I saw a lot of data. Including where theTesla has been, where it charged, current location, where it usually parks, when it was driving, the speed of the trips, the navigation requests, history of software updates, and more.

Sharing data is not a bug, it is a feature, and that is what the hack shows.

The amount of data collected and used by the company is just the beginning. We haven't seen fully automated vehicles or the smart cities that could have 5G.

Vehicles, pedestrians, and the city around them will be collected by cars in the future. To function properly, the car will need some of the data that's available.

Tu Le is the Managing Director of Sino Auto Insights. The US, Canada, and Europe may still be the leaders in producing traditional vehicles, but that lead won't last. China has been several steps ahead of its Western competitors in many areas.

Le says that all those seemingly unrelated things are coming together into a smart EV.

Some of Beijing's success wasn't true. Intellectual property from American companies has been accused of being pilfered by Chinese nationals. Beijing's exploding growth in the automotive sector is not the result of espionage.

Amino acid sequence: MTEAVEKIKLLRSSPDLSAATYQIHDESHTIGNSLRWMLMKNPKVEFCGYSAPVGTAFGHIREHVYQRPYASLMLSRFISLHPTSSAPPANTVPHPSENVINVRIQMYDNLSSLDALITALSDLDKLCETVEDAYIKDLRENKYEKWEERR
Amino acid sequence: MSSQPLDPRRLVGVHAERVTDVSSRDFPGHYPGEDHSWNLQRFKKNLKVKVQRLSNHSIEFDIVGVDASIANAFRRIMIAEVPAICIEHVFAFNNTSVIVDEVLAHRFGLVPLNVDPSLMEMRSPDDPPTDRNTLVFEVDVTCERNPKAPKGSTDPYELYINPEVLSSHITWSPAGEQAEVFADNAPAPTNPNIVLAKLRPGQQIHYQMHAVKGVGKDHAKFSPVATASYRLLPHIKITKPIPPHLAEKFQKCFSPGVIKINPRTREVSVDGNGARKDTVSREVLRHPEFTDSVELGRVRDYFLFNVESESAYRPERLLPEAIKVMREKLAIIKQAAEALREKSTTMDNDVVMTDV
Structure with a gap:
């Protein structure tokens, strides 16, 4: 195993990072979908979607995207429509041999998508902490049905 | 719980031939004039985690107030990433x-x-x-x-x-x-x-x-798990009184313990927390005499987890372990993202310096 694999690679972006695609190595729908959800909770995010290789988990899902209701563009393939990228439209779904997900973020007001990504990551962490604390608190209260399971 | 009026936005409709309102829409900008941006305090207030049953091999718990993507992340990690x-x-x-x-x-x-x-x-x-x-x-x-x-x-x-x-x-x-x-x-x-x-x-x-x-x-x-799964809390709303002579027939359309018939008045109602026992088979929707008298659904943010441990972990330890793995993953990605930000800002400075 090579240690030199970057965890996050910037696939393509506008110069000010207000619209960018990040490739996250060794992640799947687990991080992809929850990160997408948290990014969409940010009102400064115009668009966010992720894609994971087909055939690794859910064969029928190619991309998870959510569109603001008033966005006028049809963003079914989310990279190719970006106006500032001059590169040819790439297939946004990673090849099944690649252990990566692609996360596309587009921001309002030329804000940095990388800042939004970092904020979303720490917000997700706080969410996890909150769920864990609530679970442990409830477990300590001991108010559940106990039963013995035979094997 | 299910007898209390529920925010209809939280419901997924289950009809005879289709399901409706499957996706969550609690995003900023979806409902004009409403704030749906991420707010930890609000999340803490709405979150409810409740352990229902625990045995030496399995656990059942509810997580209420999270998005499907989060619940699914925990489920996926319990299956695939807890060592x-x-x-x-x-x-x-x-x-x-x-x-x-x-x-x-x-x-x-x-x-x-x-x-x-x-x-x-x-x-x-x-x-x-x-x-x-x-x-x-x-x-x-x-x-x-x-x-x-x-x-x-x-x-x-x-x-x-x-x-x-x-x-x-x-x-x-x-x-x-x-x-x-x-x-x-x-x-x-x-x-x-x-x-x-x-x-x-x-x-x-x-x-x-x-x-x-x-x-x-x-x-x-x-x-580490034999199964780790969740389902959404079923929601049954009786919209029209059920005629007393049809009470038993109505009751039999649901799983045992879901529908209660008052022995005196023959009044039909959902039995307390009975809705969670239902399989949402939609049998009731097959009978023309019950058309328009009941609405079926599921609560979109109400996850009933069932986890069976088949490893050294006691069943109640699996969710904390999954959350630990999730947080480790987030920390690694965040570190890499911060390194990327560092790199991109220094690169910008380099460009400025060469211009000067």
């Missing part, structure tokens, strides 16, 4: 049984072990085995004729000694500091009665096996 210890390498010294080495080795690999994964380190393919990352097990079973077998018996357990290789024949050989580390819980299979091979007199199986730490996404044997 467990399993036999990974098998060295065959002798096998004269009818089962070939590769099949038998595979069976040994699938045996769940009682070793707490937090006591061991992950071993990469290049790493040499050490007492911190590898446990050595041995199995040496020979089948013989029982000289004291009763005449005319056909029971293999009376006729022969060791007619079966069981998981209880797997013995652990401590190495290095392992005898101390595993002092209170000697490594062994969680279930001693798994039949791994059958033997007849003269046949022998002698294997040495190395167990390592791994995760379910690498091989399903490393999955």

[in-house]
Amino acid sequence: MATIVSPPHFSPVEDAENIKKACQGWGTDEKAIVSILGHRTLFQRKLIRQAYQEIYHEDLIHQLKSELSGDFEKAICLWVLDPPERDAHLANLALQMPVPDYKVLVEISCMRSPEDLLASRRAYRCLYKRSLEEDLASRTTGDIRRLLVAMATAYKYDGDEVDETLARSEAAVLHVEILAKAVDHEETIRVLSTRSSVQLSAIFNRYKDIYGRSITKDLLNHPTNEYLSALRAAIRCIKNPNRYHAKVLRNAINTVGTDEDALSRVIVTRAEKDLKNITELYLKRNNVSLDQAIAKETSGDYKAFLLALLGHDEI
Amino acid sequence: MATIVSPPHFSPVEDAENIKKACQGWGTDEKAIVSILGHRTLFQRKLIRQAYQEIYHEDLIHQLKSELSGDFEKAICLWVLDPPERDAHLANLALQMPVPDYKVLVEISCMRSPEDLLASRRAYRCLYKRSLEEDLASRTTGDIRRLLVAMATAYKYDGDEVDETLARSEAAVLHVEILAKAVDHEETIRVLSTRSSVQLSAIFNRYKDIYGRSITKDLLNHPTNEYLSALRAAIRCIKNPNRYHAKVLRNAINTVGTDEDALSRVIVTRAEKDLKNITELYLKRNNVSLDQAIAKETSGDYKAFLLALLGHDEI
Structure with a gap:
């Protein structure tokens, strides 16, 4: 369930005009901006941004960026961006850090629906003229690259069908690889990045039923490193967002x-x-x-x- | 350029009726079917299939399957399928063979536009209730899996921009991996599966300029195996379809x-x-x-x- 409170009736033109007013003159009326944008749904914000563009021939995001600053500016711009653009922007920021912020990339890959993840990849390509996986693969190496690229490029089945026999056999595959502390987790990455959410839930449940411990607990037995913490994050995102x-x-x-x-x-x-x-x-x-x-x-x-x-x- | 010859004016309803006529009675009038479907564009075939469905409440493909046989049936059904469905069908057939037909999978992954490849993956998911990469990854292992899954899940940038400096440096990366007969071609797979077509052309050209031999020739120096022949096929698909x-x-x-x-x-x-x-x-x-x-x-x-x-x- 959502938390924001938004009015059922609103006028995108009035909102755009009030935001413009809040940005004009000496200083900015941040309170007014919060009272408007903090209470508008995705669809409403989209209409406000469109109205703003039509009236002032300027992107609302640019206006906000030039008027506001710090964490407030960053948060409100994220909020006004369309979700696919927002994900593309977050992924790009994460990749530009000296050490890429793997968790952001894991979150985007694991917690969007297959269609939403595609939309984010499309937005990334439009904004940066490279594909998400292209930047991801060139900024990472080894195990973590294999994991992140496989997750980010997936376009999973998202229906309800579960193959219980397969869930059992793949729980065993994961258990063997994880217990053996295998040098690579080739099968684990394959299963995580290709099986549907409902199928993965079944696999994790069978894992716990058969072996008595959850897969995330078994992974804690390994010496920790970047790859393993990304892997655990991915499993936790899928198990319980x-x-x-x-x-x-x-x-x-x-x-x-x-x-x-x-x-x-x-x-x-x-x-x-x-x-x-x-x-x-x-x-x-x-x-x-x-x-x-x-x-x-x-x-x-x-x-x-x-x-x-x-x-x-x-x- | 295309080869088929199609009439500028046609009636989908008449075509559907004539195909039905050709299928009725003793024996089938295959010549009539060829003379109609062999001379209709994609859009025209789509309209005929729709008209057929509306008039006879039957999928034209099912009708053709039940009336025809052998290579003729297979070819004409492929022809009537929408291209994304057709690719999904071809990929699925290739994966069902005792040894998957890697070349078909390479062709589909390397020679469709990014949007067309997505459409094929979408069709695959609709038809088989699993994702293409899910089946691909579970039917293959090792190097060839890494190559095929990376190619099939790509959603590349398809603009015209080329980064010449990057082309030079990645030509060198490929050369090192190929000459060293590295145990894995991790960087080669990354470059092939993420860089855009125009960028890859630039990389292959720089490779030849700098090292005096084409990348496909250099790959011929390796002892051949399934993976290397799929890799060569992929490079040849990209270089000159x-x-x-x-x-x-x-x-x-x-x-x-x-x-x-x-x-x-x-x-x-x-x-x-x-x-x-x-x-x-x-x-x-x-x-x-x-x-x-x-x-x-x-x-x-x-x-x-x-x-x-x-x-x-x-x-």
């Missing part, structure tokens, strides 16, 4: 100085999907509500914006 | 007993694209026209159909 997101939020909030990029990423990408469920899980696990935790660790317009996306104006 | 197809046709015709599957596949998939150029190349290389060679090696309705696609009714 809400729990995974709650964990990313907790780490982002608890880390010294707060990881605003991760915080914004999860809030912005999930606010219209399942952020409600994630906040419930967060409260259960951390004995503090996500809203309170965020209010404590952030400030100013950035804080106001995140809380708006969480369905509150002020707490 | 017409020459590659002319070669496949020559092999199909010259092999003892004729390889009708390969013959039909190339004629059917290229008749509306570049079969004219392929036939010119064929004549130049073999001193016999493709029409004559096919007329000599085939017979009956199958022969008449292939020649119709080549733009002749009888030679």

The ability of China to handle huge amounts of data is well documented. Beijing's facial recognition programs rely on a network of cameras and its online system feeds into its social credit score. It is not the United States that is used to managing terabytes of data on a daily basis.

That data isn't just for China. Beijing has made huge investments to bring its brand of "smart city" to countries across the world. Pony.ai is a Chinese project that is on the road in California.

Taking into account weather, people, and technology is what China has learned. China needs less of that data if it gets better at it. General data from a fleet of Chinese-made cars in North America can reveal individual patterns and habits but also show a complex picture of an entire neighborhood or city. China is already controlling the threat ofTeslas domestically.